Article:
How confident is David Alan Grier that Brent Hatley and his wife Katelyn will win tomorrow’s Newly-Wet Game? He told Howard he’s got $100 riding on the competition during his visit to the Stern Show Monday morning. As a faithful celebrity superfan, David said he was “honored and humbled” to meet Brent during today’s interview.
“He’s my hero,” David said of the Stern Show staffer. “I’ve never met a couple in which both people want to swing.”
It’s because of that open and honest relationship that David thinks the Hatleys will come out victorious. Though Brent’s competitor, Ronnie Mund, didn’t come in the studio, David said on air he hoped to get a selfie with him later.
Like just about every other Stern Show listener, David told Howard he was a huge fan of Sour Shoes and would love the opportunity to hang out with him one afternoon. He went so far as to call the Wack Packer “a genius” whose talents might have even earned him a spot on “In Living Color.”
The former Fox sketch show had no shortage of talent when David was a cast member on the series in the early 90s. Jamie Foxx, Damon Wayans, and Jim Carrey were just a few of David’s co-stars on “In Living Color,” which won an Emmy for Outstanding Variety Series in 1990. As the cast’s fame surged, so too did the offers to appear in other projects. David told Howard he actually passed on a leading role in the movie “Ace Ventura: Pet Detective” after reading the film’s script.
“I turned that movie down,” David revealed to Howard. “They came to me before Jim.”
Jim Carrey wound up starring in the titular role (and becoming a blockbuster movie star because of it), but David explained producers initially wanted him and Rob Schneider for the film. Though he thought the flick would flop, David said he wanted to support his friend, especially when he was seated next to Jim at the movie’s premiere. From start to finish, David made sure he was slapping his knee during every scene.
“I laughed until I was hoarse and my throat was dry … because I wanted to support Jim,” David told Howard.
David might have been faking his affection for the movie, but theater audiences sure didn't – “Ace Ventura” was the No. 1 film at the box office two weekends in a row and earned over $100 million worldwide.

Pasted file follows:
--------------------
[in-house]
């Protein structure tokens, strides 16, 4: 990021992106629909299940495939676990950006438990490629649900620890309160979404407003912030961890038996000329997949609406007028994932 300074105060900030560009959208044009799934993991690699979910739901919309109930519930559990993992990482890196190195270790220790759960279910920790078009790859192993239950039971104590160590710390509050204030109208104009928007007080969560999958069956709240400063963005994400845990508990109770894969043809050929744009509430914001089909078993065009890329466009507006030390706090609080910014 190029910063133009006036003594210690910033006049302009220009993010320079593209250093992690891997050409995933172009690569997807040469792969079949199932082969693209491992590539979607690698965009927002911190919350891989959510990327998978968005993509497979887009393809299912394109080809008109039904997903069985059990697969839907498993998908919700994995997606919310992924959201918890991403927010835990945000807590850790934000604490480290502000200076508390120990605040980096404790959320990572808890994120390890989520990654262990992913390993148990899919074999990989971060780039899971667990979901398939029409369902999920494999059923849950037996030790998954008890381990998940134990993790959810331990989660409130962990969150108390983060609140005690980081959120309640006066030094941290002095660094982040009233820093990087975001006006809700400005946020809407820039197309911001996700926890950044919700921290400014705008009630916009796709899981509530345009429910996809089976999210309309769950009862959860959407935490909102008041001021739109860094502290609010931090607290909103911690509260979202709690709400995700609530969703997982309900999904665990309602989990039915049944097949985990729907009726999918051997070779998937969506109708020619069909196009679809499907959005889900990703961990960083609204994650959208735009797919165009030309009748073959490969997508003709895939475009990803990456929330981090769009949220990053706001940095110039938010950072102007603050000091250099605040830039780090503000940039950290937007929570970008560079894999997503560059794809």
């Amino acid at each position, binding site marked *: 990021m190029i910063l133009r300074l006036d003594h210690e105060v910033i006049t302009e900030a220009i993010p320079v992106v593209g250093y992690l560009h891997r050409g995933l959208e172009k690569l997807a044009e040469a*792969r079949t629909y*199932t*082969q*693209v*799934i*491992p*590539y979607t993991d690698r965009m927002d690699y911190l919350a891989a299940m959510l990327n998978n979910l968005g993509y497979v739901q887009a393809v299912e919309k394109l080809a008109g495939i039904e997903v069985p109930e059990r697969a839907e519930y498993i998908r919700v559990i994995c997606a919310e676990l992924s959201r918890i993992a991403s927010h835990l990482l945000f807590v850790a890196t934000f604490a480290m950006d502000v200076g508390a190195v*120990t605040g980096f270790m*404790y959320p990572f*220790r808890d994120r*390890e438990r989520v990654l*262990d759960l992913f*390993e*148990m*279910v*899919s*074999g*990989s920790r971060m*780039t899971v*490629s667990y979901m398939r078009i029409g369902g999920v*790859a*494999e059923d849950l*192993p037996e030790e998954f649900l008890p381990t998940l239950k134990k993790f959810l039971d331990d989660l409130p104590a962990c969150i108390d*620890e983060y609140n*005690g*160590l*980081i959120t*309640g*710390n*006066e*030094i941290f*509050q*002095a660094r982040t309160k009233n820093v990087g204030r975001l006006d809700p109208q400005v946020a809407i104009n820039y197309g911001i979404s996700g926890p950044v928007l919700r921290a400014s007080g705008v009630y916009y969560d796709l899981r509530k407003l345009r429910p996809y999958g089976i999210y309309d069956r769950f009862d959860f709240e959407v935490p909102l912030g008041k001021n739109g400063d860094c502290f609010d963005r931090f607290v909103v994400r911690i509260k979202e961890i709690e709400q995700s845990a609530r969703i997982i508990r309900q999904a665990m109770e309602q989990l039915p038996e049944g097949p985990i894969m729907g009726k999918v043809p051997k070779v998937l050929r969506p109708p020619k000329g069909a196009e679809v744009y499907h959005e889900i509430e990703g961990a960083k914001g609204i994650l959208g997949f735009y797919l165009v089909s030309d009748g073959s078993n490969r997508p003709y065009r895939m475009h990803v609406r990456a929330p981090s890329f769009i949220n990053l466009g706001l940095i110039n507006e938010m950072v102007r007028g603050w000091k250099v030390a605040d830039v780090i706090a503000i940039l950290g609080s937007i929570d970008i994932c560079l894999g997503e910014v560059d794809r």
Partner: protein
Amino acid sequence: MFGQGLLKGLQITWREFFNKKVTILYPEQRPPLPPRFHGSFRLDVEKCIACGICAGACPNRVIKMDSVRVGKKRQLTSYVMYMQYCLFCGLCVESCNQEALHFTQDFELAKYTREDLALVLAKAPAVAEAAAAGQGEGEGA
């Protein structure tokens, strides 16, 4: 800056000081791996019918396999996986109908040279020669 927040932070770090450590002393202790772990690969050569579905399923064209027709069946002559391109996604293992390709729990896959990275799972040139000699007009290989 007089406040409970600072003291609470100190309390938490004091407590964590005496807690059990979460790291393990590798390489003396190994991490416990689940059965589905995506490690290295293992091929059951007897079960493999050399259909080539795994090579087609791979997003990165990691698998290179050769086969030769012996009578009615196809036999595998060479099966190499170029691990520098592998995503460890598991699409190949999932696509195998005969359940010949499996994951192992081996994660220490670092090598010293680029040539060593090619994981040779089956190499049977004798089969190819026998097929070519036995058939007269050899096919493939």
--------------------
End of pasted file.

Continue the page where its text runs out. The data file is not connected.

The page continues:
It’s not just movies David has been wrong about, either. He told Howard about being considered for the role of George Costanza on “Seinfeld.”
“I auditioned for it but I left gladly,” David said, telling Howard he didn’t think the lines he read with Jerry Seinfeld himself were all that funny. “I didn’t see it … It’s many wrong turns that I’ve taken willingly in my career.”
Had David listened to his father, however, he might not even have an acting career to speak of. When David told his dad he wanted to be an entertainer, his father told him the only men who make it in show business are gay. While David had a lot of gay classmates at the University of Michigan, that only helped him in scoring dates with the women on campus. That is until he took a dance class with Madonna. The future “Material Girl” turned David down, but the two did become friends.
“She was an excellent dancer.” David told Howard. “I was in love with her.”
Perhaps some of the skills David learned in that class came in handy when he was a contestant on “Dancing With the Stars” in 2009. But all the fancy footwork in the world probably wouldn’t have won him over with the TV show’s fanbase who all seemed to hate him on the series’ online message board. The show’s judges weren’t too kind to David, either.
“The thing about ’Dancing With the Stars,’ they pay you just enough so that when they talk about you like a dog to your face you don’t walk off,” said of the type of feedback he received from the judges on the reality series.
Eventually, someone on the show pulled David aside and explained he needed to show some passion in order to convince the fans and judges he wanted to remain in the competition. David agreed and decided he would play up some emotion during next week’s episode.
“So the cameras roll and I had my meltdown but I just went too far,” David said. He even let the judges have it in a moment he didn’t think was going to be broadcasted. It was, though, and the press David then received following the incident was far from complimentary. One of his reps even suggested they hire a “fix-it firm” to help his public image.
“It was so fucked up. The kids across the street ran in the house when they saw me … everyone hated me,” he told Howard.
Down but not out, David was then sent the script for “Race,” the Broadway play written by David Mamet. “I knew when I read it, I said, ‘If I get this part I’m gonna be nominated for a Tony,’” David told Howard.
He was right. After securing the part, David earned a Tony nod for Best Performance by a Featured Actor in a Play.
“Thank God David Mamet didn’t watch 'Dancing With the Stars!’” Howard joked.
Watch David Alan Grier on “The Cool Kids” Fridays at 8:30 p.m. ET on Fox.